Arctic weather coming: "It's going to be brutal" - Star Exponent: Local News

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Arctic weather coming: "It's going to be brutal"

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Posted: Monday, January 6, 2014 3:05 pm | Updated: 3:52 am, Tue Jan 7, 2014.

  The good news is it's going to stay dry Tuesday in Culpeper.

  The bad news is it's going to be bitterly cold with wind chill values reaching as low as negative 12 degrees.

  A wind chill advisory remains in effect from 6 p.m. today through 6 p.m. Tuesday meaning frost bite and hypothermia are more likely to occur.  In anticipation of the cold weather, Culpeper County Public Schools cancelled classes for Tuesday.

  "When exposed to cold temperatures, your body begins to lose heat faster than it can be produced causing cold weather health problems," said State Health Commissioner Cynthia Romero of frost bite and hypothermia. "Neither of these conditions should be taken lightly and all Virginians should take the necessary steps to lower their risk of exposure."

   Local community groups stand ready to assist when temperatures plummet even as forecasters say it's going to be colder than it's been in 20 years.

  "This weather system is coming from northern Canada, near the North Pole - cold air will bottle up there over snow pack then you will get low pressure systems accompanying cold fronts moving down across the United States," said National Weather Service meteorologist Dan Hofmann in the Sterling office. "This one is particularly strong and it's bringing down a lot of that cold air with it."

  She said the extreme cold would last through the day and night Tuesday before temperatures slowly increased with Wednesday's high temperature in the low 30s, just slightly above normal.

  "It just so happens there's a lot of heavy snow pack up near the Pole so it's much colder this winter and one of these strong fronts was able to grab a lot of that cold air and bring it right across anywhere east of the Rockies," Hofmann said.

  The homeless and the elderly are most susceptible to the negative impacts of extreme cold, said Warren Jenkins, interim director of Culpeper County Emergency Services. He said the agency would decide Tuesday morning if the frigid weather warrants the opening of an emergency shelter in the Salem Fire Department along Sperryville Pike.

  "If we start getting calls, we will certainly put something in motion to protect the citizens," Jenkins said.

  Overnight, those in need of shelter can access the cold weather ministry offered through the Culpeper County Ministerial Association. St. Luke's Lutheran Church on Old Rixeyville Road will shelter and feed people starting around 5:15 p.m. each night this week.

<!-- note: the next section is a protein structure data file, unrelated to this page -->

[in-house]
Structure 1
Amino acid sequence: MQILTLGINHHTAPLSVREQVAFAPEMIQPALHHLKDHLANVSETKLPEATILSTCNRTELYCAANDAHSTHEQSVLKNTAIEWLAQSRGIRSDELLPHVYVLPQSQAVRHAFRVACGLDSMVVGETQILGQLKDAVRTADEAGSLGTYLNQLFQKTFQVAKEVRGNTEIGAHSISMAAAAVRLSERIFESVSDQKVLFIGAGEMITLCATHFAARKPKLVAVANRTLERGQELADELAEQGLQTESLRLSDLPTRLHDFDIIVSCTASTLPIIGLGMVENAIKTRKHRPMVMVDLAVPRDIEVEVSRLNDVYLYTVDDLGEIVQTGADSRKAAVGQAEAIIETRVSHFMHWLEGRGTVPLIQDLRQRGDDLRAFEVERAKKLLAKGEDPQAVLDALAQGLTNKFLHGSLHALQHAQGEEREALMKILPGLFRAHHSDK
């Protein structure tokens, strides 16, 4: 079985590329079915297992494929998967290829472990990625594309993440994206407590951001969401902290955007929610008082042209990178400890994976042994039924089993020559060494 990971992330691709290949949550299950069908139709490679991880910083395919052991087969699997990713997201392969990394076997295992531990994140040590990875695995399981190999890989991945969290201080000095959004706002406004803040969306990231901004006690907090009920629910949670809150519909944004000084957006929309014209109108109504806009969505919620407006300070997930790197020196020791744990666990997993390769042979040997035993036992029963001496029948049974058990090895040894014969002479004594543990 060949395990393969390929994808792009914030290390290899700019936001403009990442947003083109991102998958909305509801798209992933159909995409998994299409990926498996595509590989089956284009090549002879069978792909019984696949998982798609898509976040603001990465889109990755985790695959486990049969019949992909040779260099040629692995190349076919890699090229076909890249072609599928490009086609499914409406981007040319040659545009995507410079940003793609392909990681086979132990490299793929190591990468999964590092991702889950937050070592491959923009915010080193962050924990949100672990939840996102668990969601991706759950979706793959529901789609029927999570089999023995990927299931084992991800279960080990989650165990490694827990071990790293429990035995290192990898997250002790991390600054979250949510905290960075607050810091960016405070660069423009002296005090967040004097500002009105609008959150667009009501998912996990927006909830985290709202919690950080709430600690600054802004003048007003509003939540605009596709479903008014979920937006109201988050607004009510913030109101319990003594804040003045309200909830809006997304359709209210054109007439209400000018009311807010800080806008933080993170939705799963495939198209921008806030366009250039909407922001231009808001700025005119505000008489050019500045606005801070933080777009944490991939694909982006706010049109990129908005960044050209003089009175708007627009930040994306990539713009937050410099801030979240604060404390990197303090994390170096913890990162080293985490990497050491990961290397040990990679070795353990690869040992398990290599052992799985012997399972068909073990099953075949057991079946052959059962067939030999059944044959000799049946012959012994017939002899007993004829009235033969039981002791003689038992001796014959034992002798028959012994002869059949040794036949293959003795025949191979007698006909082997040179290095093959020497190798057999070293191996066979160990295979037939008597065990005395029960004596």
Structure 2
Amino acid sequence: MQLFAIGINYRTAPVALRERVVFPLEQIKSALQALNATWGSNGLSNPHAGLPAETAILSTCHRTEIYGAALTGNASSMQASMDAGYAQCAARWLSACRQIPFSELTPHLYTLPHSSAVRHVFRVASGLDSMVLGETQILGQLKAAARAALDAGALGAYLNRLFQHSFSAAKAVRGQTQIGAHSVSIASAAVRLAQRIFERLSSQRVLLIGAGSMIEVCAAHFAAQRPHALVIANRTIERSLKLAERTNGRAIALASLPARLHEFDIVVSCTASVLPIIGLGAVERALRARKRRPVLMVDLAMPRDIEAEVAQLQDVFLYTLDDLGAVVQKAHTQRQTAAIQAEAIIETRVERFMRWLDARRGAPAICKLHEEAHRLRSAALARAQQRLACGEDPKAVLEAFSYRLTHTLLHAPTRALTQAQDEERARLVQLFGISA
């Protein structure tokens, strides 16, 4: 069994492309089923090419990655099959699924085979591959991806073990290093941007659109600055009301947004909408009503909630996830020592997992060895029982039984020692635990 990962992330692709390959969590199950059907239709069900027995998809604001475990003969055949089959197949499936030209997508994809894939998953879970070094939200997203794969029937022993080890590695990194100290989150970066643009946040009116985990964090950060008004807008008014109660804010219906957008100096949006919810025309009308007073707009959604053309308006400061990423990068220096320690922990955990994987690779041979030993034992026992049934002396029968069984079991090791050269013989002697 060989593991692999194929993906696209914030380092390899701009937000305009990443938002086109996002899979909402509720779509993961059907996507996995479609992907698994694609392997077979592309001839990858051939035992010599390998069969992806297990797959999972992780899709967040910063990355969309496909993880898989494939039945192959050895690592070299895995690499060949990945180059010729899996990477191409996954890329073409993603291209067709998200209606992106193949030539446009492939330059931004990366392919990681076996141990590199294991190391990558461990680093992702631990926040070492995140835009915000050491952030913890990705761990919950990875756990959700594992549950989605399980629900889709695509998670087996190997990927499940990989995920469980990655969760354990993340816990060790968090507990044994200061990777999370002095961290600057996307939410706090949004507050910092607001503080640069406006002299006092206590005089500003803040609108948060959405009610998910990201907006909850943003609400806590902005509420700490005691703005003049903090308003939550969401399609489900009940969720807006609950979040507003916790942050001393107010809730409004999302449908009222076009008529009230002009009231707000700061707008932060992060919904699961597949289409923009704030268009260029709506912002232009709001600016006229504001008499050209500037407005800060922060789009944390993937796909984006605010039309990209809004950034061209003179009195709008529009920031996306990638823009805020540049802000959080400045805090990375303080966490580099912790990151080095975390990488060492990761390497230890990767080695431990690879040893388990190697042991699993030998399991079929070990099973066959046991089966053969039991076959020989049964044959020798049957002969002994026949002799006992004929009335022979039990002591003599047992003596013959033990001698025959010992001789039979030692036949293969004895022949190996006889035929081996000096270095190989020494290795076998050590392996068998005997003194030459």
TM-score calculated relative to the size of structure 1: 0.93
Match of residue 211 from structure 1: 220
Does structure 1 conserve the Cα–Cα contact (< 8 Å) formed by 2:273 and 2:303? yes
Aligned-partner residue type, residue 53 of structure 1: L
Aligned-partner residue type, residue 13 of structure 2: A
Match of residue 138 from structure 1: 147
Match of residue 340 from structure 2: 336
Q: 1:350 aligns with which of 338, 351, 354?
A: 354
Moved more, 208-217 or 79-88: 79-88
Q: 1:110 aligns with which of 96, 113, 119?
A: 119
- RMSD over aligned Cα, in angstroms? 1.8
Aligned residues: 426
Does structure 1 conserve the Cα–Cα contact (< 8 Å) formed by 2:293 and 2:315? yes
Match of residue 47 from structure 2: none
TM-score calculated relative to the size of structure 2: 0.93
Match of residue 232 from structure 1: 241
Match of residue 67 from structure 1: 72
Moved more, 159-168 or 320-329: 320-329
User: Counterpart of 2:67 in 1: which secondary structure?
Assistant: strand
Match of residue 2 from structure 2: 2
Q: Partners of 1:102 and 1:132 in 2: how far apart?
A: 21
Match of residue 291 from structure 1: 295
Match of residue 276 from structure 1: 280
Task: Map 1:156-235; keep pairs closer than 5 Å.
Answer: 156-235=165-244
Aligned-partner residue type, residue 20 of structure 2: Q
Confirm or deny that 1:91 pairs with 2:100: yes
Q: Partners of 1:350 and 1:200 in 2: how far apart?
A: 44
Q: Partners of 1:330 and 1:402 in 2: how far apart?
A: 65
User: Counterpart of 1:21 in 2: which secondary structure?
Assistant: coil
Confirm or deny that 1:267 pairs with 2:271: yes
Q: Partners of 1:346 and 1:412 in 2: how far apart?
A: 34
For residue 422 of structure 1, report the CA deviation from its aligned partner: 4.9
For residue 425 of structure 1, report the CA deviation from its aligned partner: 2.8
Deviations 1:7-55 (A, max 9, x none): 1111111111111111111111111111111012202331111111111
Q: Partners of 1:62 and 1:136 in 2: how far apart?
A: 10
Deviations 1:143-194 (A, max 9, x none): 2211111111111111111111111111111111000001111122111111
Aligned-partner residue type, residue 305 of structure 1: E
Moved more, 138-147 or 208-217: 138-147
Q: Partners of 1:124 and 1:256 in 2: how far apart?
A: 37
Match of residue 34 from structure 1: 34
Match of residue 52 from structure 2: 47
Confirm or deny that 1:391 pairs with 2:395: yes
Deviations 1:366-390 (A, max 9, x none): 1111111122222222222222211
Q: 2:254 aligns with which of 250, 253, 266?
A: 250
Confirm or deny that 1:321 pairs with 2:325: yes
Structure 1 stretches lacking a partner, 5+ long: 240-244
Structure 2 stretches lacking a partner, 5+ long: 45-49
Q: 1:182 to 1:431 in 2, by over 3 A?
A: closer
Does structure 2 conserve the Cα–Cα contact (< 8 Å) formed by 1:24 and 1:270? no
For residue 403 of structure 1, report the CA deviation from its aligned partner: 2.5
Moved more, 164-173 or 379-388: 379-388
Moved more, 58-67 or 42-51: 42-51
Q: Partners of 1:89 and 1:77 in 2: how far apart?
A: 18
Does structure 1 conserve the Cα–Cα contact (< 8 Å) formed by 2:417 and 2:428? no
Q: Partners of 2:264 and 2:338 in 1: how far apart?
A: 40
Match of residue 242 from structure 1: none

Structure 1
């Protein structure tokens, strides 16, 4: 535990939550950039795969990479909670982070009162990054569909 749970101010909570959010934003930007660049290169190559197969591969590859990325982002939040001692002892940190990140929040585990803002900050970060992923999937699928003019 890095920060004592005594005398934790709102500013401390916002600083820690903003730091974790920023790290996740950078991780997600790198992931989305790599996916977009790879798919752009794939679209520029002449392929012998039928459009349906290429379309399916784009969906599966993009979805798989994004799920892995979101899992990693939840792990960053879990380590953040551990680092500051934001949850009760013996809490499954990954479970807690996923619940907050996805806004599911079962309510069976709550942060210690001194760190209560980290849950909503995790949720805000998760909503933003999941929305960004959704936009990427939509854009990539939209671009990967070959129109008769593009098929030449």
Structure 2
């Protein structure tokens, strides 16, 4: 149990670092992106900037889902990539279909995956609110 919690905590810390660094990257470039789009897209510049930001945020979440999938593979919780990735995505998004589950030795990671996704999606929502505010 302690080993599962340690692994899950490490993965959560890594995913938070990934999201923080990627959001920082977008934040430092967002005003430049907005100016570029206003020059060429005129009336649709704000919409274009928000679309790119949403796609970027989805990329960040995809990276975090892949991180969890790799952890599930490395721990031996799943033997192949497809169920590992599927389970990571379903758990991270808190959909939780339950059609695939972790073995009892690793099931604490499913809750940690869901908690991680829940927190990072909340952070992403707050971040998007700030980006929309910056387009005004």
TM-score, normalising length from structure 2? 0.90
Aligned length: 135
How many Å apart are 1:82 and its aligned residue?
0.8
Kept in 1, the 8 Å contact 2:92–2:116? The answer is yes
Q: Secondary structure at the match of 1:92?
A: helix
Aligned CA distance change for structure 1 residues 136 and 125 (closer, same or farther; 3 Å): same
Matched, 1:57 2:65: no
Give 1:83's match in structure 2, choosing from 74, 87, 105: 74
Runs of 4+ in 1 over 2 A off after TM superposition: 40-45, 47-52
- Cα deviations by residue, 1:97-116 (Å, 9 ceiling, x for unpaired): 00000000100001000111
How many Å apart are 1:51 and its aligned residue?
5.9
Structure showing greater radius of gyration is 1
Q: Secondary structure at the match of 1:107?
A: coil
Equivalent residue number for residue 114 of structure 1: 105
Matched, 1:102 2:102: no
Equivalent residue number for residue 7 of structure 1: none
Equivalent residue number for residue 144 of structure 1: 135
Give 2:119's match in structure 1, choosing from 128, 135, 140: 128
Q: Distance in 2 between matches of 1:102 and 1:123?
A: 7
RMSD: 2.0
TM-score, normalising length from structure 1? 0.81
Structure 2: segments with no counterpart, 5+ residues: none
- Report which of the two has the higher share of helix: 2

Those who need transportation to St. Luke's can meet outside the Culpeper Food Closet off of Commerce Street to catch a bus to the warming shelter. A hot dinner will be served at 6 p.m. and cots and bedding provided to guests.

  Breakfast is at 6:30 a.m. and those who need it will be provided a bag lunch.

  In normal circumstances, the warming shelter clears out by 7 a.m. But because of Tuesday's extreme cold, guests will be able to stay in the St. Luke's facility until 10 a.m., said Paul Oesterreicher with Church on the Rise. The church he attends on Sperryville Pike will provide volunteers all week to man the shelter at St. Luke's.

 "If there are people in a community that are in need, this is what a church should do," said Oesterreicher of why he volunteered to help out.

  First-time guests of the warming shelter will need to fill out a registration form before receiving the services.

  To lower the risk of frost bite or hypothermia, folks who have to be out in the cold should wear gloves, hats, scarves and snow boots and dress in layers. The Virginia Department of Health also advises staying dry, limiting your time outdoors and to not ignore shivering, an important first sign that the body is losing heat.

  Signs of frostbite include loss of feeling and white or pale appearance in extremities such as fingers, toes, ear lobes and the tip of the nose. Signs of hypothermia include uncontrollable shivering, memory loss, disorientation, incoherence, slurred speech, drowsiness and apparent exhaustion.

  Pets, like people, need extra attention in extreme temperatures.

  "To us, it's common sense - you keep the animals inside," said Cher Pennington, officer manager with the Humane Society of Culpeper. "If you're cold, the animal is cold."

  When walking dogs in cold weather, she advised taking precautions to protect the animal's sensitive paw pads. De-icing chemicals can cause infection, irritation or tenderness, Pennington said, mentioning that local pet stores sell dog boots for protection against damaging chemicals.

  For outdoor animals, she recommended not using aluminum bowls for water to prevent a pet's tongue from freezing on the metal and to use hot or cold water for hydration.

  "Ideally, bring the animal into the garage to get out of the elements," Pennington said. "If they have to be outside, make sure the dog house is thoroughly bedded with straw or hay."

  Don't have a doggie sweater? Take an old human sweatshirt and cut it down to size to fit your pooch, she said.

  Outdoor cats can get shelter from the cold in a Styrofoam cooler, lined with hay, and taped shut with a hole cut into it for ingress and egress, she said.

  "Try to get them inside if you can," Pennigton emphasized. "It's going to be brutal."

 

 

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